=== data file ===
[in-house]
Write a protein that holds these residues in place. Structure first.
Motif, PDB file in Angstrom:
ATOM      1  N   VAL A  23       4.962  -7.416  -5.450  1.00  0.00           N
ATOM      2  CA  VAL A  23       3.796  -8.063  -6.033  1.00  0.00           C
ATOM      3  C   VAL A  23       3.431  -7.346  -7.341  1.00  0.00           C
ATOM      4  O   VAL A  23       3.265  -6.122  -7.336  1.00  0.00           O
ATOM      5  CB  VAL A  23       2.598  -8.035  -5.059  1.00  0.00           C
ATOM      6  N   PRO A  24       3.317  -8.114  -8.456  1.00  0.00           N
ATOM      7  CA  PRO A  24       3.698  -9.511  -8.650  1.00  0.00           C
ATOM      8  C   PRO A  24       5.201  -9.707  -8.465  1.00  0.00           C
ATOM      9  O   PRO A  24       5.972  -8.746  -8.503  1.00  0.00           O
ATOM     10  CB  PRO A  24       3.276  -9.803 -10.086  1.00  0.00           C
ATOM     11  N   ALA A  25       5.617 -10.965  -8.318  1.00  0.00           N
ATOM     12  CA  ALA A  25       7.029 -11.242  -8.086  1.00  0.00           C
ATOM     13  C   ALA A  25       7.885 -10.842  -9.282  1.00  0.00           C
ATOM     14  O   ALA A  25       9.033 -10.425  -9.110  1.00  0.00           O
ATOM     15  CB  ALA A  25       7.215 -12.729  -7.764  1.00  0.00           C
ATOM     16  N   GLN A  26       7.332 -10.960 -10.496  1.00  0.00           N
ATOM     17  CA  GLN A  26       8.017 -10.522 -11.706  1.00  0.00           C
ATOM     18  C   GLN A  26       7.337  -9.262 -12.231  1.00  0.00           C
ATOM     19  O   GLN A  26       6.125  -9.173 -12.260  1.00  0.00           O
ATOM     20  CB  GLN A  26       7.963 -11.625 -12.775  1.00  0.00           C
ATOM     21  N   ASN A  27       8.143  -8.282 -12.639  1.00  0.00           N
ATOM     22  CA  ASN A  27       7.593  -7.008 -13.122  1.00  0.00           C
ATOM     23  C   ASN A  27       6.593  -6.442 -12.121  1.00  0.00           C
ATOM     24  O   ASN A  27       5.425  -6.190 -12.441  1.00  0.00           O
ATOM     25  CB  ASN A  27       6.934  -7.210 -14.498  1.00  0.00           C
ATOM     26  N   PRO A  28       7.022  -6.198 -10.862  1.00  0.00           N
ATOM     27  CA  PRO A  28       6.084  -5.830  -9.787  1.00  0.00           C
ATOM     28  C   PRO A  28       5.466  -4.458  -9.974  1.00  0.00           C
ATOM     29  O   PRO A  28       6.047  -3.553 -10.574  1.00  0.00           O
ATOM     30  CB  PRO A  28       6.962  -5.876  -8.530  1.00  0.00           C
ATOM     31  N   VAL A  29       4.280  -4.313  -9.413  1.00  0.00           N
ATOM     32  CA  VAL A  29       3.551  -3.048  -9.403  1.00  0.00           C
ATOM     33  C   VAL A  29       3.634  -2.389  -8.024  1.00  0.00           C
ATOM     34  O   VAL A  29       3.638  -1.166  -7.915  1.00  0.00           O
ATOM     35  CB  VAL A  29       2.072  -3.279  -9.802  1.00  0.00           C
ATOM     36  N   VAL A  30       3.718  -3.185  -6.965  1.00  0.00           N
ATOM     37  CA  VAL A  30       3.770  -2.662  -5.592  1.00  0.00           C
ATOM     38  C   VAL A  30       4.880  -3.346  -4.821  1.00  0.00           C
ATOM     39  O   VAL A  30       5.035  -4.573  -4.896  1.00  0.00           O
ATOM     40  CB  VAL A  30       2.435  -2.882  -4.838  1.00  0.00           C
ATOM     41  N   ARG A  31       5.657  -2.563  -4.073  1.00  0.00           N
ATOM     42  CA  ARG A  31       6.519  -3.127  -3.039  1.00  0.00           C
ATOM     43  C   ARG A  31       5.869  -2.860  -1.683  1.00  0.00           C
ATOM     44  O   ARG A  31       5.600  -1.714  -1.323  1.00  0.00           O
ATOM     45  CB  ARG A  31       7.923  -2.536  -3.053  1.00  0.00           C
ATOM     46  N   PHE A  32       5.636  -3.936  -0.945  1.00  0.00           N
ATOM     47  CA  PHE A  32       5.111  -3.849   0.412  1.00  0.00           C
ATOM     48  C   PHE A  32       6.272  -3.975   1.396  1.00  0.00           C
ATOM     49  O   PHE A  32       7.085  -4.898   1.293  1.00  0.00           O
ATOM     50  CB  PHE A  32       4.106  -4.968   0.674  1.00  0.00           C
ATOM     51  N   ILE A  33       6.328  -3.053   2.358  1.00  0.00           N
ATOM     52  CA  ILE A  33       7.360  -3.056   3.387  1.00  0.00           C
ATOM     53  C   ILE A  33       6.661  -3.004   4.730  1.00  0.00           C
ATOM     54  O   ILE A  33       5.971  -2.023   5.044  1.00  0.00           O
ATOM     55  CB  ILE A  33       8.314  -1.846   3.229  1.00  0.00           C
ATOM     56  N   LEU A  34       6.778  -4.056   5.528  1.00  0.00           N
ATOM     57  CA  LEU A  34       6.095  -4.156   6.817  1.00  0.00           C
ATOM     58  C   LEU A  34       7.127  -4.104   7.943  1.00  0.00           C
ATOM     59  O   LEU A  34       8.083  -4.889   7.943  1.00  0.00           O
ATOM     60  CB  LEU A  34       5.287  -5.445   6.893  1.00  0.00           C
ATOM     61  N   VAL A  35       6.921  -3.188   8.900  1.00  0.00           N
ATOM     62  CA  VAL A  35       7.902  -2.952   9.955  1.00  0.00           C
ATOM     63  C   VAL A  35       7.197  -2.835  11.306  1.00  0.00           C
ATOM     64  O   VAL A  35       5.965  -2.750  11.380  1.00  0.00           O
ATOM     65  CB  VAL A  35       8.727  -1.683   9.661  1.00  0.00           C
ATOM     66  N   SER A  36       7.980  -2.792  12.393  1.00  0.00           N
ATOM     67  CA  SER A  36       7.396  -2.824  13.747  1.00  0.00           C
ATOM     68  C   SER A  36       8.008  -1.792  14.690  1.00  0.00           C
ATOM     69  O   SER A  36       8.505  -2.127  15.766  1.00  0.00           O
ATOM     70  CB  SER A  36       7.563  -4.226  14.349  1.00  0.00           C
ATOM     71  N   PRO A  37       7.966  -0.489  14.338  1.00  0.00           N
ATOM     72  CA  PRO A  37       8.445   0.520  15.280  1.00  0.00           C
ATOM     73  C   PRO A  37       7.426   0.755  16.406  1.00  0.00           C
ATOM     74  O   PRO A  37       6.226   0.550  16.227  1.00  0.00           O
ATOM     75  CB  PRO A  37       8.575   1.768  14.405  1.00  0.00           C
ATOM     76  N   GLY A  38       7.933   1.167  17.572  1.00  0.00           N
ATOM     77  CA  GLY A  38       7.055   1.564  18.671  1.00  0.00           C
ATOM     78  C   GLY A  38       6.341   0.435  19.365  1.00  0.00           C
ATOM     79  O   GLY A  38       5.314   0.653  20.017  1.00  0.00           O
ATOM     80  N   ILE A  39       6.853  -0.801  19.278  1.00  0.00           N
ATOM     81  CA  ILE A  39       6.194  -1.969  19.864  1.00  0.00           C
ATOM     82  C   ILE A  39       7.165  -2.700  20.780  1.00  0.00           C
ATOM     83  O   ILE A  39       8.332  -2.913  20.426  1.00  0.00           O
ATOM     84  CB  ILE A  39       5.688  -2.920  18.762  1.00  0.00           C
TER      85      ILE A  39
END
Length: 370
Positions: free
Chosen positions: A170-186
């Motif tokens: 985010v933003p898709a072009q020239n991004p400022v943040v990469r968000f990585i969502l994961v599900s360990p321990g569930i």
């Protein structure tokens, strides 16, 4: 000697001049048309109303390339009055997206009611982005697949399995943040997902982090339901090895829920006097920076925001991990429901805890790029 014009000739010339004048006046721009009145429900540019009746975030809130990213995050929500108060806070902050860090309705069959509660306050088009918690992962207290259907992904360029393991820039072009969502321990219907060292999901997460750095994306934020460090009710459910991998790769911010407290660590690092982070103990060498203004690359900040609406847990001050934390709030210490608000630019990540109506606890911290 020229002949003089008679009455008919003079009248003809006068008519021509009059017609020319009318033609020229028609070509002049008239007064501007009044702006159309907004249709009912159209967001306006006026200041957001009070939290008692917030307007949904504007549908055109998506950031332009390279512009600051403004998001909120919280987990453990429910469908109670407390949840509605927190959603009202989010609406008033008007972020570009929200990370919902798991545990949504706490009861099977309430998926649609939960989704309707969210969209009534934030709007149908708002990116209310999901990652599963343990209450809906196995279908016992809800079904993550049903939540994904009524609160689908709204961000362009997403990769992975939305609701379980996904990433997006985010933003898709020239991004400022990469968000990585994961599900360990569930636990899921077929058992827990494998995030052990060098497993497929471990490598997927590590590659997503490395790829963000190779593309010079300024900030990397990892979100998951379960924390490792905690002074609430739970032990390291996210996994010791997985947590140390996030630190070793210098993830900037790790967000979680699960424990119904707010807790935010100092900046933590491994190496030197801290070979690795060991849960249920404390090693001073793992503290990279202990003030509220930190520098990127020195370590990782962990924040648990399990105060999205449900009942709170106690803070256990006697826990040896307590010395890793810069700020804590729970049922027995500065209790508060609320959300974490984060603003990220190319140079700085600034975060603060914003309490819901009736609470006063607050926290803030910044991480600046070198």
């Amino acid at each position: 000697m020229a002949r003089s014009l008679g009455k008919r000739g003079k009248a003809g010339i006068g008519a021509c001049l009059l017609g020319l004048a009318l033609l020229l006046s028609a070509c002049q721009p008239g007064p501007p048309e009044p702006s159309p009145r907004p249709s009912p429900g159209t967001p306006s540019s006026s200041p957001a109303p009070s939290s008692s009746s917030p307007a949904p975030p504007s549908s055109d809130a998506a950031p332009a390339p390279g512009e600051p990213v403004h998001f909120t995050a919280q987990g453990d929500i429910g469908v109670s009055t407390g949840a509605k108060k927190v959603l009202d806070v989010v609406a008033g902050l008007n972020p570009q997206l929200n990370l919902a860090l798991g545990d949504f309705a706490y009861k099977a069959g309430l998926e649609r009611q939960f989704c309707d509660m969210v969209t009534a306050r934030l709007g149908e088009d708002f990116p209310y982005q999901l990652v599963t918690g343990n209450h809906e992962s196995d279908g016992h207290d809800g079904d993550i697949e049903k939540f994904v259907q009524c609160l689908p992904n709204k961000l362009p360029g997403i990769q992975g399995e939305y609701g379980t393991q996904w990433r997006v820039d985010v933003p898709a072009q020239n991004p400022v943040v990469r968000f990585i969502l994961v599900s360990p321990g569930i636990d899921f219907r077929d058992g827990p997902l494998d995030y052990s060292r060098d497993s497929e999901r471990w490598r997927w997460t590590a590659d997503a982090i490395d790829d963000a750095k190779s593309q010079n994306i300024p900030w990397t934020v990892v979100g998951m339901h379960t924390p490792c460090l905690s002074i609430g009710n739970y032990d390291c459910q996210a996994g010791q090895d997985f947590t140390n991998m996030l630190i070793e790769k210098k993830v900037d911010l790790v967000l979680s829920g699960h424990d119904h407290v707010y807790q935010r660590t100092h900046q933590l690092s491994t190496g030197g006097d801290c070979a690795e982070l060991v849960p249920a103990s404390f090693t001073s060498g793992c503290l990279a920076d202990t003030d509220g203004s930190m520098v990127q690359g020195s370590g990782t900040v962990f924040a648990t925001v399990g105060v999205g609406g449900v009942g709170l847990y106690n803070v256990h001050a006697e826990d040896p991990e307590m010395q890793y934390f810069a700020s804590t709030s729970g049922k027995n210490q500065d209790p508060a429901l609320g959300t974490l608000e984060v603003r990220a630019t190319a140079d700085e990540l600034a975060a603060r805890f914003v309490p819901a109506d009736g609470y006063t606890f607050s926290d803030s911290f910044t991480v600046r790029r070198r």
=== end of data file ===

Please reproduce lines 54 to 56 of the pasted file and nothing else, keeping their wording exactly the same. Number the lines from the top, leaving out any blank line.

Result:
ATOM     51  N   ILE A  33       6.328  -3.053   2.358  1.00  0.00           N
ATOM     52  CA  ILE A  33       7.360  -3.056   3.387  1.00  0.00           C
ATOM     53  C   ILE A  33       6.661  -3.004   4.730  1.00  0.00           C